Whether you are deploying a virtual machine on the cloud or on-premises, you will go through a similar process to figure out which resources need to be optimized. Therefore, you need to consider the virtual CPU, memory, network utilization and disk I/O just like you would for a physical server.
Unlike physical hardware, on Azure you are not locked into your selection when you procure it, because is easy to monitor and adjust the utilization so that you are only paying for the capacity which you need.
This can provide you with significant cost-savings and operational flexibility as you can grow or shrink your VMs according to your business needs.
In this sense, Microsoft Azure offers six categories of VMs which are optimized for different types of workloads, including:
- General Purpose (Av2, B, DC, Dsv3, Dv3, DSv2, Dv2) – Balanced ratio of CPU and memory
- The Azure general purpose VMs are recommended for workloads which do not require any significant amount of computation power, network traffic or disk IO
- Compute optimized (Fsv2, Fs, F) – High CPU
- Azure’s compute optimized VMs are designed for medium-traffic application servers, web servers or virtual appliances which need a greater ratio of CPU to memory.
- Memory optimized (Esv3, Ev3, M, GS, G, DSv2, Dv2) – High memory
- If you wish to run a memory-intensive workload, such as a database server, you should select one of Azure’s memory optimized VMs. These VMs are designed to scale up to support the largest databases without performance impact.
- Storage optimized (Lsv2, Ls) – High disk throughput and IO
- For workloads which require high disk throughput and IO, consider selecting a storage-optimized VM.
- GPU (NV, NVv2, NC, NCv2, NCv3, ND, Ndv2) – Specialized workloads for graphics or AI
- Azure’s GPU optimized VMs are designed for specialized workloads which run NVIDIA’s graphical processing units (GPUs).
- High performance (H) – These are the fastest (and most expensive) VMs with high CPU and memory for complex computational problems
- The final category of specialized VMs is for high-performance computer workloads which the GPUs cannot support, such as developing neural networks for AI, DNA modeling, or prime number factorization.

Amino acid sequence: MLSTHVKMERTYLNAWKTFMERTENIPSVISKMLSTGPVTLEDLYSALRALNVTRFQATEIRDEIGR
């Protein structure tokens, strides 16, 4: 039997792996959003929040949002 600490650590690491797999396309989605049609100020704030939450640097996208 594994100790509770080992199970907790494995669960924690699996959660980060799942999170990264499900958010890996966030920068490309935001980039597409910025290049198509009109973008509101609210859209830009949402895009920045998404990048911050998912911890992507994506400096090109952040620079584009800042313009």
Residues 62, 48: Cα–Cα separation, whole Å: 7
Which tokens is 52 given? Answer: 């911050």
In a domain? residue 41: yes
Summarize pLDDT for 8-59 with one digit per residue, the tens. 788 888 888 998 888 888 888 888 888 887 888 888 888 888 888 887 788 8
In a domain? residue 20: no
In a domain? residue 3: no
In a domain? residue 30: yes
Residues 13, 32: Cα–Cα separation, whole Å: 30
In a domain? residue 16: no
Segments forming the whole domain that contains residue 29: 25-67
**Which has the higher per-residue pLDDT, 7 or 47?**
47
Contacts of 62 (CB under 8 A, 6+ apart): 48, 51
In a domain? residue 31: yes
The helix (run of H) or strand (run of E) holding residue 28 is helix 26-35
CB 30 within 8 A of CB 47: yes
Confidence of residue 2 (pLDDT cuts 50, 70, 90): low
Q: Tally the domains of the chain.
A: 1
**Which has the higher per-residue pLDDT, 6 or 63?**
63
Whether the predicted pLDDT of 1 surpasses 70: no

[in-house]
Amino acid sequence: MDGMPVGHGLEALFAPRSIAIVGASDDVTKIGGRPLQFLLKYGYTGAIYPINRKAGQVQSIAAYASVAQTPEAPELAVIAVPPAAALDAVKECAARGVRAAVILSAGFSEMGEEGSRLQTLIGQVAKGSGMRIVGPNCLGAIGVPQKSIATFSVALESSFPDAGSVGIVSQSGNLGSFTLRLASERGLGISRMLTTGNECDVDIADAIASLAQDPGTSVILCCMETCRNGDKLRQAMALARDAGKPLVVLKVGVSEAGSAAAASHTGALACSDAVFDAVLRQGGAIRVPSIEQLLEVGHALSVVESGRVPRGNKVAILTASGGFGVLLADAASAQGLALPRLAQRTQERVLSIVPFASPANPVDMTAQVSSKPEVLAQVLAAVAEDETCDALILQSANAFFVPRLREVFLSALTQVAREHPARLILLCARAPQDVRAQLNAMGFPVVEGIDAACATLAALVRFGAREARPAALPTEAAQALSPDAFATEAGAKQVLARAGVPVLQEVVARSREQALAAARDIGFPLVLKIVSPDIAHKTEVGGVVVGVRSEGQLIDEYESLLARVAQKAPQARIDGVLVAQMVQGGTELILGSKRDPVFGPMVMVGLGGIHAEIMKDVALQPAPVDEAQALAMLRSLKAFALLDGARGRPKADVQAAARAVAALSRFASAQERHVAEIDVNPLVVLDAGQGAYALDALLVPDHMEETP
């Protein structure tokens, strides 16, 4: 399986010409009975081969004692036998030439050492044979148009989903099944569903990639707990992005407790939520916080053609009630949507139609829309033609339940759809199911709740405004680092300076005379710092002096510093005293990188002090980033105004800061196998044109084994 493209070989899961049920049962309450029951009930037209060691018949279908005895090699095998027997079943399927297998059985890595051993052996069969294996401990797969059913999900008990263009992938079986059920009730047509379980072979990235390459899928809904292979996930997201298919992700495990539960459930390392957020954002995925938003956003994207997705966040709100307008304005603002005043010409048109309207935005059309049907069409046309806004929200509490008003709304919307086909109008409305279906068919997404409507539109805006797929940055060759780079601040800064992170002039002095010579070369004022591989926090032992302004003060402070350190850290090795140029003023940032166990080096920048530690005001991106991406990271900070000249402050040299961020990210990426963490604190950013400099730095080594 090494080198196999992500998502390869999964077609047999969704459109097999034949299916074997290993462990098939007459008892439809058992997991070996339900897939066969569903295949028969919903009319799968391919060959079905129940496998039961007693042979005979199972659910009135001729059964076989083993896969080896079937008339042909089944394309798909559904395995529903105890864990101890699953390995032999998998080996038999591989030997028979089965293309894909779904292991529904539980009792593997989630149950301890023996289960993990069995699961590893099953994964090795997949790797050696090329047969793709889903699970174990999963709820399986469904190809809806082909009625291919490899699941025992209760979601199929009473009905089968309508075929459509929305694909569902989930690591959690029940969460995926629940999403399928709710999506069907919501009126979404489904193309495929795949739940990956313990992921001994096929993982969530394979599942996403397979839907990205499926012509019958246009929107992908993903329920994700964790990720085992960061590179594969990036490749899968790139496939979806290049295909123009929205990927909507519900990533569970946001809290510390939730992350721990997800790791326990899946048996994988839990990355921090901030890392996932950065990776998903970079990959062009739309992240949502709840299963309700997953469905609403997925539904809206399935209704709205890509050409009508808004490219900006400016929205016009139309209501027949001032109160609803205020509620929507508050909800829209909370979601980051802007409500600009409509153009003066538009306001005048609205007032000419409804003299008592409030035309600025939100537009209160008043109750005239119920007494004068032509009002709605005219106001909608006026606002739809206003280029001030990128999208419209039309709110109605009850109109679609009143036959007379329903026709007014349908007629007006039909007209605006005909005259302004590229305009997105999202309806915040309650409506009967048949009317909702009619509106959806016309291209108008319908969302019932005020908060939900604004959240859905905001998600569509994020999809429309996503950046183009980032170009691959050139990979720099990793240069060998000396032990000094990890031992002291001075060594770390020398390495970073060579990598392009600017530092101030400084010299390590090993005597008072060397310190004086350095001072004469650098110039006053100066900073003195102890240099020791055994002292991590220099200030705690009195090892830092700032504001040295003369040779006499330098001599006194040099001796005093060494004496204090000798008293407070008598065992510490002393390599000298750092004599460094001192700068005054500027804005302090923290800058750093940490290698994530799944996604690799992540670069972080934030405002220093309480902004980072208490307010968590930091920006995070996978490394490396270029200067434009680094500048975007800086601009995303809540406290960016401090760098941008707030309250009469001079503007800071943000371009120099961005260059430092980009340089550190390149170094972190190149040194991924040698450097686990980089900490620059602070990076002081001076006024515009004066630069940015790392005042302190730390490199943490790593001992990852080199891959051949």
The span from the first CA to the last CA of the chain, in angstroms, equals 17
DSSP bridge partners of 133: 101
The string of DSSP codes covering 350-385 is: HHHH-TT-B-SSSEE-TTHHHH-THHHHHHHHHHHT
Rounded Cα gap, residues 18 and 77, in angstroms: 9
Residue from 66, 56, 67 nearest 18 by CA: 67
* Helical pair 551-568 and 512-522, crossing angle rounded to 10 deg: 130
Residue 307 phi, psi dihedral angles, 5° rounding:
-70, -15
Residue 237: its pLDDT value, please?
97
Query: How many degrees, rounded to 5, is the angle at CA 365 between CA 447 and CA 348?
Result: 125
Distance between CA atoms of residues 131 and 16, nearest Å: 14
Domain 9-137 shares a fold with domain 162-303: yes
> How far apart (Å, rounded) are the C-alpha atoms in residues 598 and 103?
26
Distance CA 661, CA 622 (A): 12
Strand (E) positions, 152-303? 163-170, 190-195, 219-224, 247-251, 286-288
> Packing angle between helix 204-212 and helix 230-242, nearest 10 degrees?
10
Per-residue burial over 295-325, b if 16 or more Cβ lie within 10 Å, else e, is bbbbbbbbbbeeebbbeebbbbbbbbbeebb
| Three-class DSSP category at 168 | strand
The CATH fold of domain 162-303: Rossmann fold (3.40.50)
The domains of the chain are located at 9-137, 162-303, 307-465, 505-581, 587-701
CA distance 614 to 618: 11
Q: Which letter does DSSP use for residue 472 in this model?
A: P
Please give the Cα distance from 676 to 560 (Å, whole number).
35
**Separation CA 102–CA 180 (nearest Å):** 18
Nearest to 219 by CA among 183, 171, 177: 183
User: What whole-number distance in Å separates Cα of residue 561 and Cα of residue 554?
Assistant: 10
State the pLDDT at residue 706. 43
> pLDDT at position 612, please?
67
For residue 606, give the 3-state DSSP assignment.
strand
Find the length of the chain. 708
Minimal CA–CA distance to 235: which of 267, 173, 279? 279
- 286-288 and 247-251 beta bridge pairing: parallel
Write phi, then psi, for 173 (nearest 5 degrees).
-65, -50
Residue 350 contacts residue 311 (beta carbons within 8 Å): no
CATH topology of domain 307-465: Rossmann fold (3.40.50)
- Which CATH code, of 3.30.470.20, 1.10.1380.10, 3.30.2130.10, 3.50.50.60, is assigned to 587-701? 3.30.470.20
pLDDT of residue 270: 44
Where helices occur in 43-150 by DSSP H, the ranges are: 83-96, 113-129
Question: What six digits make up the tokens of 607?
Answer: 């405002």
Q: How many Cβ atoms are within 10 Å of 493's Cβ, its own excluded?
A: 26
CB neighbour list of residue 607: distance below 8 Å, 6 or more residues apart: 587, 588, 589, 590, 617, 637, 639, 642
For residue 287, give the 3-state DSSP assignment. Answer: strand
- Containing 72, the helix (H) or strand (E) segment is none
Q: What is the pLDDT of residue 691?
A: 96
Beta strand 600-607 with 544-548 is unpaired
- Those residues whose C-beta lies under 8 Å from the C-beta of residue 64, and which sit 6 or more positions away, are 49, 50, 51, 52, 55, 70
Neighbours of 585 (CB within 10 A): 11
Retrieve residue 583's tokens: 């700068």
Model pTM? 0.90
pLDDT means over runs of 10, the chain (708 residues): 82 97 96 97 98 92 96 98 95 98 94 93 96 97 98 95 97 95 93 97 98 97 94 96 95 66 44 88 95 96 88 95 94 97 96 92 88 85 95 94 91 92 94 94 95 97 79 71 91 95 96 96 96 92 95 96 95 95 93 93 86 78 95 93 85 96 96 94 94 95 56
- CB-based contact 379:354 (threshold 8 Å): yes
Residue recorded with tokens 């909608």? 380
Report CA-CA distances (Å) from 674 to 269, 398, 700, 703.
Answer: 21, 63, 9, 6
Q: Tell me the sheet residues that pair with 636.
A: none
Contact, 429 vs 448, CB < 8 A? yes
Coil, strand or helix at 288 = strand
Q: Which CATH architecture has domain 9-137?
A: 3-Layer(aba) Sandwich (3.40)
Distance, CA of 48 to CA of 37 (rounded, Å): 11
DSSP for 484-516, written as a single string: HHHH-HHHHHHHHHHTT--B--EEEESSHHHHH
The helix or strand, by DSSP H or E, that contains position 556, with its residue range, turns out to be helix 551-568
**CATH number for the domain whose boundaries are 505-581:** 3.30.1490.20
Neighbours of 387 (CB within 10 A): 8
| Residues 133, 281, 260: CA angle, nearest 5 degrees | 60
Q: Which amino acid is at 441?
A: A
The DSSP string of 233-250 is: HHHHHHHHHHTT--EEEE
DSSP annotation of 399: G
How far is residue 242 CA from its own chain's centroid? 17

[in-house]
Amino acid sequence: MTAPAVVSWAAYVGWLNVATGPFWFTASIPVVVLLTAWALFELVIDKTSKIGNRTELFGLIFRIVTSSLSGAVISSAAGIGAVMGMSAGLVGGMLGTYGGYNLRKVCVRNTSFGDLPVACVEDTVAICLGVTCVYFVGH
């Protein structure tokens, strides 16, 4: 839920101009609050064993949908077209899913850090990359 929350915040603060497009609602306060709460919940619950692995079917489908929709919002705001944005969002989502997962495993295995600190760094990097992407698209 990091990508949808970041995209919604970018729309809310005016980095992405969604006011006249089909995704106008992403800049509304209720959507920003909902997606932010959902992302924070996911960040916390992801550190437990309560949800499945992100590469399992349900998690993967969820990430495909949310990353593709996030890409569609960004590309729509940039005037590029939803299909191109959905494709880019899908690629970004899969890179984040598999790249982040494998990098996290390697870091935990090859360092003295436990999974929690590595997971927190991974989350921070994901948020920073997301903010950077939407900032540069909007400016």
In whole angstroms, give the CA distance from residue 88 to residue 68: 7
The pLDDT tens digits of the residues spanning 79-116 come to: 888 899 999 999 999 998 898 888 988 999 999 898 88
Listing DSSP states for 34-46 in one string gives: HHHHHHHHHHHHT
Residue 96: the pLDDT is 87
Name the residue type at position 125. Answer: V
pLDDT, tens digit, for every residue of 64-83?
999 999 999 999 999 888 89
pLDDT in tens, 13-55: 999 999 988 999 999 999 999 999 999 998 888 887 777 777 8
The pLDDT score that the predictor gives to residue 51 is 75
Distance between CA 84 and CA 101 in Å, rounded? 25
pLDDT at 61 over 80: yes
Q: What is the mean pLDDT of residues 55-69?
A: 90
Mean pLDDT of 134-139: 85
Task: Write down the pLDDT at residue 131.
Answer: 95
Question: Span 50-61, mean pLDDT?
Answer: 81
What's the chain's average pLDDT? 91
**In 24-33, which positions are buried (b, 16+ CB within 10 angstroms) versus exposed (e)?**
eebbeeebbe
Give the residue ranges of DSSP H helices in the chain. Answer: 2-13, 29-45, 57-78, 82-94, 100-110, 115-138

This categories of virtual machines will have an impact on the price, normally higher performance VM’s tend to be more expensive.
Let’s take for an example, a virtual machine with 24vCPUS, 48GB RAM and 31TB of storage capable of supporting at least 1200IOPS.
How to determine the price? We will make use of our handy Azure Calculator:
Then we can select our region, operating system, tier and instance series. However when selecting the instance type we are drowning inside a sea of different instance sizes, how can we make sure of taking the best decision and choosing the right virtual machine size for us?
If we are technically saavy and now how to code, this is not a big issue, we can use Azure Pricing API to get the prices we require using rest requests:
However this approach might not be the best for most people, is there an easy way? Let me present you Azure Price
You can use this free web application to find and compare Azure Virtual Machines specs and pricing on one page across different tiers, payment types, and regions, you just need to choose your region, number of vCPU, memory and you are good to go!
Check the column Best region price: it will help you to find the region where that particular VM is cheapest. Also, you should know that the prices are different across currencies. Sometimes the difference is significant, so check the exchange rates. To help you find the best VM for your money, please check the price/performance page.
The application is free to use and it has also paying plans to provide you with a simplified API layer to compare prices.
I’m not the author of this aplication, but it is indeed useful and has saved me a lot of time and headaches, kudos to the author and don’t hesitate to check it out!